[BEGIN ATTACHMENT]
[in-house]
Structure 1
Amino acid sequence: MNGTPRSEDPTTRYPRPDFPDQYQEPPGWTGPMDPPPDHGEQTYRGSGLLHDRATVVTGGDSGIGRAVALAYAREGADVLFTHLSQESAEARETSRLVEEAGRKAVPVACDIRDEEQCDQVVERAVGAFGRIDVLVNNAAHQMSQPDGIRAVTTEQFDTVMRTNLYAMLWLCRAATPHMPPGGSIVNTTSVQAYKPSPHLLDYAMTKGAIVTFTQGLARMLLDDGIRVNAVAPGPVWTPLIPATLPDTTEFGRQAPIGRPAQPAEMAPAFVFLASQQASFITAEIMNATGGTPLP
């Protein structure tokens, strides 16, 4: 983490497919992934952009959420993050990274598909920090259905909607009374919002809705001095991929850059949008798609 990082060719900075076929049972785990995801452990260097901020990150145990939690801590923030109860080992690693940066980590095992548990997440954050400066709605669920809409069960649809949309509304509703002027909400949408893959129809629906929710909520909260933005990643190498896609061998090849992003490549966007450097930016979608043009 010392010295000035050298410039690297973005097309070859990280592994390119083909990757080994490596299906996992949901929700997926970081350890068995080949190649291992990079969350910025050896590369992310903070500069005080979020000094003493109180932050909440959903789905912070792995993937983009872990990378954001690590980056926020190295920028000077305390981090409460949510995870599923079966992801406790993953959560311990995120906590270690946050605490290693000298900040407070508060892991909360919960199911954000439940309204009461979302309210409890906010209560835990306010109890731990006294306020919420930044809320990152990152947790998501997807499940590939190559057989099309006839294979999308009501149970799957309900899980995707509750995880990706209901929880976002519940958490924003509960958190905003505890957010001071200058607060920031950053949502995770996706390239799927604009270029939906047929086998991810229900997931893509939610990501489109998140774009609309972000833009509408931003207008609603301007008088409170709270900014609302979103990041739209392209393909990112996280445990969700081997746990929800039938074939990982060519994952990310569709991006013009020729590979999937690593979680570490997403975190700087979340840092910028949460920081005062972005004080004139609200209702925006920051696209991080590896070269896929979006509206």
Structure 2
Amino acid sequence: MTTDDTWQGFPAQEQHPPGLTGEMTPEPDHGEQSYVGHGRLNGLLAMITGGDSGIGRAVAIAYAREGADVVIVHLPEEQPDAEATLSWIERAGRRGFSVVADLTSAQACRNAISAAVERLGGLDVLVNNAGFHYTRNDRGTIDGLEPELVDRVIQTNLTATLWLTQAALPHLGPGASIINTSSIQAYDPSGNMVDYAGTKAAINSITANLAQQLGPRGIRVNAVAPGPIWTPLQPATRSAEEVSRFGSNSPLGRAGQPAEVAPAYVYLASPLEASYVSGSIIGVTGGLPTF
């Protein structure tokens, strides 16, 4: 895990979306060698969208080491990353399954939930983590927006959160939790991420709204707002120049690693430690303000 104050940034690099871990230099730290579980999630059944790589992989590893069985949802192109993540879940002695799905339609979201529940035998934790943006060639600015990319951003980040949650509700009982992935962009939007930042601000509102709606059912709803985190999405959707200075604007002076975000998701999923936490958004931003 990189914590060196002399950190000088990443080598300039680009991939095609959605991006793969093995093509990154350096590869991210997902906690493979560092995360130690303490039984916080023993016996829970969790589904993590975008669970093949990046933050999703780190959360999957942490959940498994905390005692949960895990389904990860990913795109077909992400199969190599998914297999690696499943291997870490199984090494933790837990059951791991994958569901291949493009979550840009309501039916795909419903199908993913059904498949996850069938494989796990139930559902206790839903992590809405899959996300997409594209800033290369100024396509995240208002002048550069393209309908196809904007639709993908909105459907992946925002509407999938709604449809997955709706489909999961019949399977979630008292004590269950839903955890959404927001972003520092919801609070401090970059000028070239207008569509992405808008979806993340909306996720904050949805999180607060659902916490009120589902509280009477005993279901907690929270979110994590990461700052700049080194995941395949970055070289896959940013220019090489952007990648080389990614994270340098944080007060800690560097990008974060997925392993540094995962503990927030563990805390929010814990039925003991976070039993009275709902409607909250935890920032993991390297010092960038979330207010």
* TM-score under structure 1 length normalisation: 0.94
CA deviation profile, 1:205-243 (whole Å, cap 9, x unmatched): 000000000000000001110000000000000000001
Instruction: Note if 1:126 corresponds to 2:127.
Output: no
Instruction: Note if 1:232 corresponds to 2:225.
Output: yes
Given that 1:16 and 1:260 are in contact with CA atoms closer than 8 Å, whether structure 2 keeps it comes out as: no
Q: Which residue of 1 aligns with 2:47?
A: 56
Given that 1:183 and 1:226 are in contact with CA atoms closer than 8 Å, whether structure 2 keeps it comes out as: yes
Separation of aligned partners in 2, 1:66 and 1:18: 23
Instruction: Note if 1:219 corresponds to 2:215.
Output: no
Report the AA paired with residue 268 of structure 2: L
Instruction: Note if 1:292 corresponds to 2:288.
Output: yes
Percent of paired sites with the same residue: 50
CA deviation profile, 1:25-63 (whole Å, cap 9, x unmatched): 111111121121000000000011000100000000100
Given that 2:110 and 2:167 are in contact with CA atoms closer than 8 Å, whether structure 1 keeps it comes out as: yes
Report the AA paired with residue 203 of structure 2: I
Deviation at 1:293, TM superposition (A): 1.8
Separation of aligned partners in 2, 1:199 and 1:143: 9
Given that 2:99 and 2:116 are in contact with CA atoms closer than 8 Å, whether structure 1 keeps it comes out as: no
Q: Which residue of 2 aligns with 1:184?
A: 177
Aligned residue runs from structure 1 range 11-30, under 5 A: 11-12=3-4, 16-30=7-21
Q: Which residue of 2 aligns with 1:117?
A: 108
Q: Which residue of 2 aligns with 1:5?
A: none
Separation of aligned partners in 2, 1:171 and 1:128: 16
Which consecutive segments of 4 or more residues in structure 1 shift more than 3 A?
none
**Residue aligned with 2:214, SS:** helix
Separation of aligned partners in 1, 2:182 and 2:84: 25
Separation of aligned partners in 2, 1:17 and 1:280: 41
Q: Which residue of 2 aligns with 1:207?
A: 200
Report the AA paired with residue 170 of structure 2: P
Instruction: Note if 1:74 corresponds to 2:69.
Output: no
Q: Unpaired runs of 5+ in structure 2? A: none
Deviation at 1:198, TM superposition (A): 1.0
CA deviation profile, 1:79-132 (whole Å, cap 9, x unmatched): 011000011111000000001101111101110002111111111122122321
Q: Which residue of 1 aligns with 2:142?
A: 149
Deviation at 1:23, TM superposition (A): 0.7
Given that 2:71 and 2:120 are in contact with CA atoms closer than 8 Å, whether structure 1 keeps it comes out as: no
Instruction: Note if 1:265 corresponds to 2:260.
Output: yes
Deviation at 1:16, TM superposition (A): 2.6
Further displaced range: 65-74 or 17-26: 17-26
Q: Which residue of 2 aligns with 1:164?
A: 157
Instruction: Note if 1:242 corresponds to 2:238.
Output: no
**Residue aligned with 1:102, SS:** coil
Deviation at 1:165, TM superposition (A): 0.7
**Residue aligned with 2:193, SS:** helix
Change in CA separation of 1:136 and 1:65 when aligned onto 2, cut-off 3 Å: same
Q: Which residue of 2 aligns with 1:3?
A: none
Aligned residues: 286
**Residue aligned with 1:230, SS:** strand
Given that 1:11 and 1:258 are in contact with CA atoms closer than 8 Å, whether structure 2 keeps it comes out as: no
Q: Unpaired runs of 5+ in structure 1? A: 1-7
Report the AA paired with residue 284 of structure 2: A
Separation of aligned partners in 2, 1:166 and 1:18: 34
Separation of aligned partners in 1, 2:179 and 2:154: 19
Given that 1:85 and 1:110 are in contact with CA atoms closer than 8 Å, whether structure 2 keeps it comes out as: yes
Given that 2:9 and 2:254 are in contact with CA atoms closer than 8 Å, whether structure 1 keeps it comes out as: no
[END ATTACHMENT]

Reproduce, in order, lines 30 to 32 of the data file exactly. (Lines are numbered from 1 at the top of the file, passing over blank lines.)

Given that 2:99 and 2:116 are in contact with CA atoms closer than 8 Å, whether structure 1 keeps it comes out as: no
Q: Which residue of 2 aligns with 1:184?
A: 177